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Going to Scale with Evidence-based Interventions: The Next Frontier for Prevention Science

Dean Richard Barth co-authored new research "Going to scale with evidence-based interventions: The next frontier for prevention science" that was presented earlier this month at the 11th Annual Conference on the Science of Dissemination and Implementation of Health held in Washington, DC. [Download the presentation]


The prevalence of many behavioral health and related problems have increased over the last decade, even in the face of a growing knowledge and evidence base. Many different programs, policies, and practices have been shown to prevent such problems, but there are very few evidence-based interventions (EBIs) that have been implemented at the scale needed to impact population health. Scaling-up EBIs is a major goal of the Society for Prevention Research (SPR) and therefore, in 2017, they formed the Mapping Advances in Prevention Science (MAPS) IV Task Force, which was charged with identifying the barriers to and facilitators of EBI scale-up. The Task Force focused this work on 5 public systems (education, child welfare, juvenile justice, public health, and behavioral health) because a) they are the interface between EBIs and those that need them, and b) because scale-up efforts will inevitably occur within, not across, systems.


The Task Force’s assessment was conducted in two steps. First, they created system-specific work groups comprised of research scientists working with practitioners and policy makers in these systems. Each group used the scientific literature and the members’ tacit knowledge and experiences to document system-specific barriers and facilitators of EBI scale-up, and make recommendations to increase EBI scale-up in that system. Second, the Task Force reviewed each work groups’ conclusions and identified where there were unique and common themes.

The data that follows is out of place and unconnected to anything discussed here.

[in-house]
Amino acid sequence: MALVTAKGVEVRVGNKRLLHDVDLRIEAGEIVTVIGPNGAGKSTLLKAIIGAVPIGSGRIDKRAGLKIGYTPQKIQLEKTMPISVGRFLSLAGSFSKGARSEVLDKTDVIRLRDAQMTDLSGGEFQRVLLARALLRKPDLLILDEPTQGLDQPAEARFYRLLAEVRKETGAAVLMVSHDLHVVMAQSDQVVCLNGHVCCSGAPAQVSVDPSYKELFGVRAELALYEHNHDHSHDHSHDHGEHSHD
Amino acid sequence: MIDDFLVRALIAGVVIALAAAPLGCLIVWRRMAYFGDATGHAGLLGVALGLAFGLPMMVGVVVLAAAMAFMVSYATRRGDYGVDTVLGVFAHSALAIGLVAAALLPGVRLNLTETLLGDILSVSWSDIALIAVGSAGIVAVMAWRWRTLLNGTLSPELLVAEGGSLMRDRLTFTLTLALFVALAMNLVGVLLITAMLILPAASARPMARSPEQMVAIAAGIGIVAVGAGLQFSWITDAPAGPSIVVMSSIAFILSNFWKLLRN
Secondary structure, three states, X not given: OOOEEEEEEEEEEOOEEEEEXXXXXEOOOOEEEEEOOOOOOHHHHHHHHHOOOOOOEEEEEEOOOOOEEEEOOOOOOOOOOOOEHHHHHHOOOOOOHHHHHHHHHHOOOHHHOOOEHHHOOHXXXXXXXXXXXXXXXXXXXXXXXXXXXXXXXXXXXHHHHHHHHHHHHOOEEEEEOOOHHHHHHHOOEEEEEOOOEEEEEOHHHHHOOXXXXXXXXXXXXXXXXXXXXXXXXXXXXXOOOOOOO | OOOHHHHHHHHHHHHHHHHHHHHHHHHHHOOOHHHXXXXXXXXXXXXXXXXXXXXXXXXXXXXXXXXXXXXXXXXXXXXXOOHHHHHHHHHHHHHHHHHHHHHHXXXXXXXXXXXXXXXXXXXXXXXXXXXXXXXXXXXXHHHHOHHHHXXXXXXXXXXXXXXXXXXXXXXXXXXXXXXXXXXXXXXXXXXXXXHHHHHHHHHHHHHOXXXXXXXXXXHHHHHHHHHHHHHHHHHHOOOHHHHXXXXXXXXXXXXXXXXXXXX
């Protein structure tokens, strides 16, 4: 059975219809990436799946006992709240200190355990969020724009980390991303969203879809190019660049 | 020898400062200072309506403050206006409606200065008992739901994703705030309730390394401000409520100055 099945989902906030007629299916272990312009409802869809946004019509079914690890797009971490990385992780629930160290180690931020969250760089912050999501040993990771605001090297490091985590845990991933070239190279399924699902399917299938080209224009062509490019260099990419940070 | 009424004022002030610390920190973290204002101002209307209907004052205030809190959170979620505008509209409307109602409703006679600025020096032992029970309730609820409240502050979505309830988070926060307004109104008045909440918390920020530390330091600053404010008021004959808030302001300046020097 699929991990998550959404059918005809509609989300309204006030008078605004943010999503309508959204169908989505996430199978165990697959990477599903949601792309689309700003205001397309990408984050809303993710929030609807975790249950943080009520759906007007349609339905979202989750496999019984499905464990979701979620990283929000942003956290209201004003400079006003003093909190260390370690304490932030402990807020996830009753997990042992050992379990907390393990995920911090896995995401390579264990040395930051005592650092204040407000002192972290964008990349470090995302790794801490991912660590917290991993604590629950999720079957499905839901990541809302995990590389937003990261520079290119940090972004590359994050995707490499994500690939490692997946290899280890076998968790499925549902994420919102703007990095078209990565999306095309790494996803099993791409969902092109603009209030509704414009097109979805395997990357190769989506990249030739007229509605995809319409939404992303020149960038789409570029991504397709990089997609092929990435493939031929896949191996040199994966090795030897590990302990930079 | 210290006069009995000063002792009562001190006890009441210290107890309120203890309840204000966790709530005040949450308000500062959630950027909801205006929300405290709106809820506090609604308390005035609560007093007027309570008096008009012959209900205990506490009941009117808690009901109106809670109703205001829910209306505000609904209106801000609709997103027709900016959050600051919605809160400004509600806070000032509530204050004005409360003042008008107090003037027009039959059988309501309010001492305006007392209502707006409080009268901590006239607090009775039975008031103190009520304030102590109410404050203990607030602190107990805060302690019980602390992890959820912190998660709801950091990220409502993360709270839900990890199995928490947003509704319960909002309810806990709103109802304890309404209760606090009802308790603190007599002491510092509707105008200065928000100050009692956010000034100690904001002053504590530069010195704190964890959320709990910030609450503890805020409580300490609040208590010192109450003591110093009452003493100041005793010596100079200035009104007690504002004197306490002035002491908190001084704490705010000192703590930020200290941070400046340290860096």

In all, the Task Force identified seven types of barriers to/facilitators of EBI scale-up in public systems. They include: 1) statutory endorsement and funding, 2) community involvement and capacity, 3) data monitoring and evaluation capacity, 4) workforce development, 5) EBI knowledge, 6) public system leadership support, and 7) EBI developer and funder capacity.

Implications for D&I Research:

The information compiled by the Task Force informed the development of an Ecological Model for EBI Scale-up in Public Systems, which can be used by practitioners to begin breaking down the barriers and creating more opportunities for EBI scale-up at a systems level, and by D&I researchers who aim to systematically study the scale-up process.

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